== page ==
Something else to consider here is the experience the participant has. If they get a question wrong, and have to keep clicking options until they find the right one, what's their learning experience like? Is that try-till-you-get-it-right process actually helping them learn the content? Or are they just finding, by process of elimination, the right answer to that particular question?
And how much of that are they even going to remember a week or a month later? Best case scenario, they remember the specific answer to a specific question. But without truly understanding the content, they're not going to have context and won't be able to apply that information in any real world situation.
What they will remember, though, is the miserable experience they had with a course that was a pain to finish. Not exactly the kind of thing that makes people eager to come back for more!
That kind of experience is going to limit the effectiveness of the training and provide weaker ROI over the long term.
The final point is that this kind of testing doesn't provide meaningful insights for management. I've never seen an 'all or nothing' system that tells you how many times someone tried a question before getting it right, or gives you any insights into which questions are answered wrong most often. It just tells you that someone finished the module (which means they eventually figured out the answers) at a particular day and time.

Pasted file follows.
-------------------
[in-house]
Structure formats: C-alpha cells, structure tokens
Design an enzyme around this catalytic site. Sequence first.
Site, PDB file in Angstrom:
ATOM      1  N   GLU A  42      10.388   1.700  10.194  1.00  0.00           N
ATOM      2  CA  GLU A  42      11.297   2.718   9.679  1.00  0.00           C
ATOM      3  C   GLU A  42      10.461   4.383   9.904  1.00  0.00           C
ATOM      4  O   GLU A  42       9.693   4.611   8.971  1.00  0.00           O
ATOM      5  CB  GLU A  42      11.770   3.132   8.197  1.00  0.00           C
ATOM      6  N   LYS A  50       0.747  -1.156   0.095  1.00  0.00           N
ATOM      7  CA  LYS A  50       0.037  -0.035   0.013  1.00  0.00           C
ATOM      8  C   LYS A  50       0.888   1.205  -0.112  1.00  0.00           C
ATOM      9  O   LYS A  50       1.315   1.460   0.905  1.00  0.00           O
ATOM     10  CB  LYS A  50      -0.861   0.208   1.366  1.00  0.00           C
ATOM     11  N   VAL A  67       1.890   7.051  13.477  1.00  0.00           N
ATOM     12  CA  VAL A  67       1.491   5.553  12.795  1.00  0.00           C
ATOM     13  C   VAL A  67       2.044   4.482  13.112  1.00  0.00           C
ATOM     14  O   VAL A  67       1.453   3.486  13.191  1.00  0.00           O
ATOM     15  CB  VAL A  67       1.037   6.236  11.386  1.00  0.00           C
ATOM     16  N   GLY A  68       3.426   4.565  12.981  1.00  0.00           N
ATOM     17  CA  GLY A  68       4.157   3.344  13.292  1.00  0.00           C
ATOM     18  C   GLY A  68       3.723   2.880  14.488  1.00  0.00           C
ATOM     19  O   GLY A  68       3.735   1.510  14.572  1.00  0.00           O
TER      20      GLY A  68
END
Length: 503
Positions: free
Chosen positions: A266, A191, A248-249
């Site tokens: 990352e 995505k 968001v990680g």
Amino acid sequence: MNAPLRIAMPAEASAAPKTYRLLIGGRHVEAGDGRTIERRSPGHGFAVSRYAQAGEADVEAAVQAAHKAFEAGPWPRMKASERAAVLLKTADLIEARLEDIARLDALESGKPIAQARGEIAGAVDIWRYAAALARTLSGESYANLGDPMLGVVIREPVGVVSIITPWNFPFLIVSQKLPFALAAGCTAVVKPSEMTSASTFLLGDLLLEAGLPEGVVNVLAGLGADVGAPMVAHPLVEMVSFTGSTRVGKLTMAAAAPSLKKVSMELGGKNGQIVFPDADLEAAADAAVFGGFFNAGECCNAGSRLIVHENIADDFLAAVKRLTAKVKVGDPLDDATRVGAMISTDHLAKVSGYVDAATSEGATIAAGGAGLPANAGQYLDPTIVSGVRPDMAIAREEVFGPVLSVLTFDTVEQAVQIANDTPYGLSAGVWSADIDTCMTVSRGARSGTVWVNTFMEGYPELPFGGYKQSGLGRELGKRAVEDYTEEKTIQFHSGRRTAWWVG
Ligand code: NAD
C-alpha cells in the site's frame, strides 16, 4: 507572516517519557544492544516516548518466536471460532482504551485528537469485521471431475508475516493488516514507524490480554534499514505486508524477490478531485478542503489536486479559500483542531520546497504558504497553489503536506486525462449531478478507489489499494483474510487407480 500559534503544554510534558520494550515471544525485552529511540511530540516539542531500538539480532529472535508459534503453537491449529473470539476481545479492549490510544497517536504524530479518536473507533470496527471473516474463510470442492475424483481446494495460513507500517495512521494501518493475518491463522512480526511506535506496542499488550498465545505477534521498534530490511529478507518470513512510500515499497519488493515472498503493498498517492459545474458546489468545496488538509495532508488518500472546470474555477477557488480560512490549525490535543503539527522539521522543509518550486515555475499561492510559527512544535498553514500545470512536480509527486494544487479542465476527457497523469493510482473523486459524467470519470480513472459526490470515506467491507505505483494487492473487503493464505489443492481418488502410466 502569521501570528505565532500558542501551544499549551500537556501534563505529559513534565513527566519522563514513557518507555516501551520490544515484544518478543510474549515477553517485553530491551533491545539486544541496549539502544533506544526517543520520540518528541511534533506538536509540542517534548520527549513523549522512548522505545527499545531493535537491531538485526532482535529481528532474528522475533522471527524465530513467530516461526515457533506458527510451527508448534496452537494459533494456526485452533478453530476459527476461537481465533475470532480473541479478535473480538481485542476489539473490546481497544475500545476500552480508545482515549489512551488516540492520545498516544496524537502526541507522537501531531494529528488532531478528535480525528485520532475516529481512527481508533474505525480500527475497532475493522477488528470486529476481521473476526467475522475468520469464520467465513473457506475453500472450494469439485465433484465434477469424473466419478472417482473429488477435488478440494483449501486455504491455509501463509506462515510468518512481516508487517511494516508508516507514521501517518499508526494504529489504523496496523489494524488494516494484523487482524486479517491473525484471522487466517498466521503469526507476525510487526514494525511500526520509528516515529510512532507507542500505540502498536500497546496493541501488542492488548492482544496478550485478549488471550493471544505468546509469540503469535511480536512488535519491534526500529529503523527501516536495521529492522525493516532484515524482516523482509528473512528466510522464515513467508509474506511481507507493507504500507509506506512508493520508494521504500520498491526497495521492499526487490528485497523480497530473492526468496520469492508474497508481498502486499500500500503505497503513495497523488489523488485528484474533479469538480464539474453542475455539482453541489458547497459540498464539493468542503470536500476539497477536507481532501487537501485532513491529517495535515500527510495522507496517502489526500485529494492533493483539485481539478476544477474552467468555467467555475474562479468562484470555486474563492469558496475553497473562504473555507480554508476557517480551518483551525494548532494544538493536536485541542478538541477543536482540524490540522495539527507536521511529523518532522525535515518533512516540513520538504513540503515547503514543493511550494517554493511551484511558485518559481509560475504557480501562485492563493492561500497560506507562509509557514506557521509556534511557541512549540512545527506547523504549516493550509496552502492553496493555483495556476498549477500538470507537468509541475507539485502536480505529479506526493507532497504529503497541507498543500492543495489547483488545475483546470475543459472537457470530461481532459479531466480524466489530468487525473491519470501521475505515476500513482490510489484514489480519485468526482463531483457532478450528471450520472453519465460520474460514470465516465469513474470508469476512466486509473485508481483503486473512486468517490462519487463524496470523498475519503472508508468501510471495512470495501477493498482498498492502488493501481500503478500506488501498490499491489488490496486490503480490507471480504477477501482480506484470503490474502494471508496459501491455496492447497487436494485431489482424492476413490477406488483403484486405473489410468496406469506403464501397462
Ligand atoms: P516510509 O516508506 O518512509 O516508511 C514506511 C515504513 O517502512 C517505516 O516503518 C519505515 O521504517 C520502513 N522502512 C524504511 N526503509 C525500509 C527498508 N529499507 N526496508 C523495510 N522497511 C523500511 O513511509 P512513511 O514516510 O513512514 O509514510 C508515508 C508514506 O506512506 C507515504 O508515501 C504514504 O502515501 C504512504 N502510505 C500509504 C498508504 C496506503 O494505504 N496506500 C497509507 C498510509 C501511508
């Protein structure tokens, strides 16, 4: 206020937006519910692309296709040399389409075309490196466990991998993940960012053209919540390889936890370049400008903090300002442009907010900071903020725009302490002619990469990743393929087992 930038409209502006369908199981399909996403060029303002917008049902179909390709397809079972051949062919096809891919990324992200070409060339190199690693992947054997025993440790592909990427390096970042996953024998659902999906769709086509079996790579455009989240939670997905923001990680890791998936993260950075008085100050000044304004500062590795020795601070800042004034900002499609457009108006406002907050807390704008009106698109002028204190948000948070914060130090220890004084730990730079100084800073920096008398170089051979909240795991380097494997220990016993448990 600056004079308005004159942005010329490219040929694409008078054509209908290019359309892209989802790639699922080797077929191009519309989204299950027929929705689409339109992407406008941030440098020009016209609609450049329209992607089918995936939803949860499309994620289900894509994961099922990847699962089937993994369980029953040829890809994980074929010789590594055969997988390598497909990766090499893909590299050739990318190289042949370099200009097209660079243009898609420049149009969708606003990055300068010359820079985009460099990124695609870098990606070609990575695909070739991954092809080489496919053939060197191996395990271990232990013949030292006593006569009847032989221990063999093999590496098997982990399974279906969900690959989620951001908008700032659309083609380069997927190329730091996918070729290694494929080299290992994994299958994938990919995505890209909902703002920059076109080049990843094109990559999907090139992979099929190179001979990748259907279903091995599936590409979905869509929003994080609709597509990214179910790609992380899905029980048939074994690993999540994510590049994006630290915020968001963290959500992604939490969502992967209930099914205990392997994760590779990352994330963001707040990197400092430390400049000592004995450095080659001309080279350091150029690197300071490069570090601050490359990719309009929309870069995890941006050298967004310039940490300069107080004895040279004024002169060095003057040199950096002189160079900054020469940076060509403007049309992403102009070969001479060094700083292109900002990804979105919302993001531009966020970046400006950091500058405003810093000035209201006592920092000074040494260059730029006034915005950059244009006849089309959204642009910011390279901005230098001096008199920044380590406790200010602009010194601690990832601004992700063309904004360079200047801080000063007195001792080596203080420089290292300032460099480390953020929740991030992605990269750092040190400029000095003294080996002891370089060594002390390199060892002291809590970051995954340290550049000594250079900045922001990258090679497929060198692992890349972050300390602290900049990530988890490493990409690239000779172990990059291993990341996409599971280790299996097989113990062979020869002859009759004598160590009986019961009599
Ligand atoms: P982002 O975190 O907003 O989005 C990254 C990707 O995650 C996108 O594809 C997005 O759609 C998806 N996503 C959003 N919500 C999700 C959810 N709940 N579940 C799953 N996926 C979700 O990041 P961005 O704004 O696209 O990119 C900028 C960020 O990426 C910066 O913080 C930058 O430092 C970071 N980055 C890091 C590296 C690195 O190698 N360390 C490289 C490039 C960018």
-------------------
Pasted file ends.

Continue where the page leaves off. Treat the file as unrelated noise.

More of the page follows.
Remember that testing is meant to validate that learning objectives have been met. If someone answers questions wrong, then they haven't assimilated enough of the content to fulfill those objectives. Trying the questions over and over until they find the right answer doesn't change that.
For a training manager, there's a lot to learn from looking into test data. Being able to see which questions people get wrong is hugely valuable for planning follow-up activities, developing a clearer picture of the participant's overall aptitude, and managing the training process as a whole.
Plus, as noted above, participants could be getting questions wrong because the questions themselves are bad. It may not be their fault at all - the questions could be worded poorly, or perhaps they don't accurately reflect the content presented in the course. If all you get is a confirmation that someone made it to the end then you don't have those insights and won't be able to address the issues.
A Better Option?
So, now that I've ranted about what I don't like, what do I suggest instead?
The best course of action, I think, is a learning reinforcement plan that pairs a reasonable passing score with instructor follow-up to review and close any outstanding gaps. The instructor can review the participant results, discuss any errors and clear up misunderstandings, and provide another level of reinforcement. Having the opportunity to discuss the content also allows the participant to think about it in a different way, which further aids the learning.
Plus, if there are issues with test question wording, or mismatches with the course content, those will come out very quickly during those reviews.
The result is higher quality training, better trained drivers, and more engagement among participants overall.